Delray Beach Fire Rescue Division Chief Rob Moreland loves pets, especially dogs.
He has two Lhasa apsos. That's why he was pleased his department was getting oxygen masks to carry on emergency vehicles to help save household pets overcome by smoke.
"Over the years, we've rescued hundreds of pets and had to use human oxygen masks to try and revive them," he said. "So many people have pets and, sadly, they are often the last to get saved. Many people simply forget that a pet is still in the house."
The Best Chance for Pets fund is donating the masks.
Debbie Barnes saw a CNN TV special about firefighters in Seminole County using special dog and cat masks to administer oxygen to pets rescued from burning buildings.
The animal activist who lives west of Boynton Beach knew she had to do something for the cats and dogs of Palm Beach County. So she contacted the Seminole County Public Safety Department to find out how to go about setting up a similar program.
After speaking with public information Officer Alan Harris, Barnes started The Best Chance for Pets fund to provide as many masks as she can raise the money to buy.
"I just couldn't bear the thought of losing my dog, Chance, just because a $40 piece of equipment wasn't available," she said.
Barnes did some checking with Palm Beach County fire and rescue agencies and realized it would be easier and faster to give them the masks, rather than cash.
"As soon as you contribute money for something like this, all sorts of obstacles present themselves," said Barnes, 50. "Cities have to consider going out for bids, keeping track of the money, things like that."
So she simply opened an account at Palm Beach County Bank, and the project has snowballed.
"When I went to the bank and told them what I wanted to do, the ladies working there thought it was a great idea. In fact, they contributed some money out of their own pockets and even asked me to bring in my dog to meet them," she said. "The bank's president even authorized a donation."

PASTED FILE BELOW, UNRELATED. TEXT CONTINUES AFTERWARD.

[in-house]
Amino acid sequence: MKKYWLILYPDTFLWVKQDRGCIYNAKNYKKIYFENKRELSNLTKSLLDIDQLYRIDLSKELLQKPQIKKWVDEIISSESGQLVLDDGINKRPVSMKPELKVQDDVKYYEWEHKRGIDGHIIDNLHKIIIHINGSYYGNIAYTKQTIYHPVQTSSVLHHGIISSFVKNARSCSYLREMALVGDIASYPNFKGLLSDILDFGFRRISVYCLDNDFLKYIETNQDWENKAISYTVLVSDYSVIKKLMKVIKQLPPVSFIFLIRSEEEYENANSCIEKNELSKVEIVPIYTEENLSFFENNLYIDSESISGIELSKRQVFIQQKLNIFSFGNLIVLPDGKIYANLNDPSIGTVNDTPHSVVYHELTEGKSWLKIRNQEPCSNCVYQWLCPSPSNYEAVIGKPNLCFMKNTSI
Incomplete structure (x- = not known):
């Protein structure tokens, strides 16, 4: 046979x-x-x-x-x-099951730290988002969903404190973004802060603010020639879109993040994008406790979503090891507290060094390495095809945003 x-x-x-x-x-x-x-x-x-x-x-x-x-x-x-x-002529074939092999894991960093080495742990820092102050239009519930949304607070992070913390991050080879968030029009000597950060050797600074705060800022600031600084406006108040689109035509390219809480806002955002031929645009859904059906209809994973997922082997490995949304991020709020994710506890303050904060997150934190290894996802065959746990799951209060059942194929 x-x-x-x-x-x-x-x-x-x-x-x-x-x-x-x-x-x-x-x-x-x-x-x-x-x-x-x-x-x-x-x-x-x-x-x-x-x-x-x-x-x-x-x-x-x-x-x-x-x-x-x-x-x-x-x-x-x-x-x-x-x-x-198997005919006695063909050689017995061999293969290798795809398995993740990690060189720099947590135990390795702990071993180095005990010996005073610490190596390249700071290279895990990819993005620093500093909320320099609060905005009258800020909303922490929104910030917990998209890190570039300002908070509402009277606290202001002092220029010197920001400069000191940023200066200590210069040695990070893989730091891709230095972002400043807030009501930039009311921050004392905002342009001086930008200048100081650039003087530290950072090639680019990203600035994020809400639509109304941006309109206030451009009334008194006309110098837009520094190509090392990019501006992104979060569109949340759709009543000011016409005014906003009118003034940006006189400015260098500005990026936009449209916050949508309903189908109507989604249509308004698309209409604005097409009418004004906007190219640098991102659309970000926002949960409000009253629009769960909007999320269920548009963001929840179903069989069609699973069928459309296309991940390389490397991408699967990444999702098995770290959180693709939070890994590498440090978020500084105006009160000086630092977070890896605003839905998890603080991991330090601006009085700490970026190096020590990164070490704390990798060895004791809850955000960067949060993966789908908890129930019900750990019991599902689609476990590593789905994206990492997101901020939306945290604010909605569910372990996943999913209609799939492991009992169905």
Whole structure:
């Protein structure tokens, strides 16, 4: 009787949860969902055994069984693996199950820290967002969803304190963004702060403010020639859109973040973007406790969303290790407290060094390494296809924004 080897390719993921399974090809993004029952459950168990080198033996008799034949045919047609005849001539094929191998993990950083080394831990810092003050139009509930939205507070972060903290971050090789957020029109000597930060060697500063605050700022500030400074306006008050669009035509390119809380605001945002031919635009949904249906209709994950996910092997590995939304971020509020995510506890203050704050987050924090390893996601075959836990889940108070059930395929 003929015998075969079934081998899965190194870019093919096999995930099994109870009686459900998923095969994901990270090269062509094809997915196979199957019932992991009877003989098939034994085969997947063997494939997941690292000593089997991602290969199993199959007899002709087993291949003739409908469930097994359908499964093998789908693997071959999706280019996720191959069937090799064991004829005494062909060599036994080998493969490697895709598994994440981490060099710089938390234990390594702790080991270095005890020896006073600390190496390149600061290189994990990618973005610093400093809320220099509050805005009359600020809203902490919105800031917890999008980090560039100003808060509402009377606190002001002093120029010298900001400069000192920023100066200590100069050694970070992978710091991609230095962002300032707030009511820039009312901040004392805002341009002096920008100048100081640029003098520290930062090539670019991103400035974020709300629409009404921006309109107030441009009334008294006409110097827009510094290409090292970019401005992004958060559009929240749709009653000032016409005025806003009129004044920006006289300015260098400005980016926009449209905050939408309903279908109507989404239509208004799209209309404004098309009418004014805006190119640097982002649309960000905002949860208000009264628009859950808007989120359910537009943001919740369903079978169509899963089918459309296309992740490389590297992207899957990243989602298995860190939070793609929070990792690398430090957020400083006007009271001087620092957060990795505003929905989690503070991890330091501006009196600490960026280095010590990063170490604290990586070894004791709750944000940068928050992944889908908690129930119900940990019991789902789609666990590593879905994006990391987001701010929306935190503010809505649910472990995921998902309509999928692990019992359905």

The masks have to be ordered through a veterinarian. Delray Beach vet Dr. Nancy Shubeck has agreed to be the intermediary and order the Recovery O2 Masks by SurgiVet through her Seacrest Veterinary Center.
Shubeck, who cares for the Boynton Beach Police Department's K-9 dogs, said there's more to reviving an animal than providing oxygen. So she and her veterinary anesthesia assistant Liliana Mateo are putting together a one-hour, hands-on demonstration to show firefighters how to properly use the masks, and more importantly, what to do when the animal revives.
"The animal will be extremely stressed and might bite a firefighter or hurt itself," she said.
Barnes wants to make sure there's at least one set of masks, for large and small dogs and a cat, for each city and several for the county.
Capt. Don DeLucia, of the Palm Beach County Fire Rescue Department, said the masks will only work on animals that are breathing. If the pet is not breathing, it must first be given pet CPR to restart respiration, then the oxygen.
"Our attitude is that the animal is a loved one," DeLucia said. "And we will treat it as such."
He and his men recently struggled to save a horse that had fallen into a canal in the Heritage Farms area of western Palm Beach County.
"That was a tough one, but we kept its head up, got it out of the water, gave it what oxygen we could with a human mask, and before long the horse was revived and up on its feet," he said.
Donations to the Best Chance for Pets fund can be made to the Palm Beach County Bank, 3717 Boynton Beach Blvd., Boynton Beach, FL 33436. For more information about pet CPR classes, contact the American Red Cross at 561-833-7711 or 800-733-2767.